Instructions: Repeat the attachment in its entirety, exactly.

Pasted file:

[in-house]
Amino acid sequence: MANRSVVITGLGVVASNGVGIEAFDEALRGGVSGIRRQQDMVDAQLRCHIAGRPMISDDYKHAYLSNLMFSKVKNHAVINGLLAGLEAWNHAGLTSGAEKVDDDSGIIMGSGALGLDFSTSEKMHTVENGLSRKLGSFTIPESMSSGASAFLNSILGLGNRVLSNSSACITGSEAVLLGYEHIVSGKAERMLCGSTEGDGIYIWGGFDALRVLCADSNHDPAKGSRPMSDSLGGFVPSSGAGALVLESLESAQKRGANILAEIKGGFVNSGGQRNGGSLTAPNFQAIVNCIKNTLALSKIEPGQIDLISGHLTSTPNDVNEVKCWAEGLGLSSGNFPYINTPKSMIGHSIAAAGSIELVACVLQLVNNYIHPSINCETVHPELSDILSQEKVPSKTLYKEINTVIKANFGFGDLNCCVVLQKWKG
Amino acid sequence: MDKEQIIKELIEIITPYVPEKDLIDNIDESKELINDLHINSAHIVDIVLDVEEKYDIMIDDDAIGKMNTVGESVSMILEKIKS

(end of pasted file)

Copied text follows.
[in-house]
Amino acid sequence: MANRSVVITGLGVVASNGVGIEAFDEALRGGVSGIRRQQDMVDAQLRCHIAGRPMISDDYKHAYLSNLMFSKVKNHAVINGLLAGLEAWNHAGLTSGAEKVDDDSGIIMGSGALGLDFSTSEKMHTVENGLSRKLGSFTIPESMSSGASAFLNSILGLGNRVLSNSSACITGSEAVLLGYEHIVSGKAERMLCGSTEGDGIYIWGGFDALRVLCADSNHDPAKGSRPMSDSLGGFVPSSGAGALVLESLESAQKRGANILAEIKGGFVNSGGQRNGGSLTAPNFQAIVNCIKNTLALSKIEPGQIDLISGHLTSTPNDVNEVKCWAEGLGLSSGNFPYINTPKSMIGHSIAAAGSIELVACVLQLVNNYIHPSINCETVHPELSDILSQEKVPSKTLYKEINTVIKANFGFGDLNCCVVLQKWKG
Amino acid sequence: MDKEQIIKELIEIITPYVPEKDLIDNIDESKELINDLHINSAHIVDIVLDVEEKYDIMIDDDAIGKMNTVGESVSMILEKIKS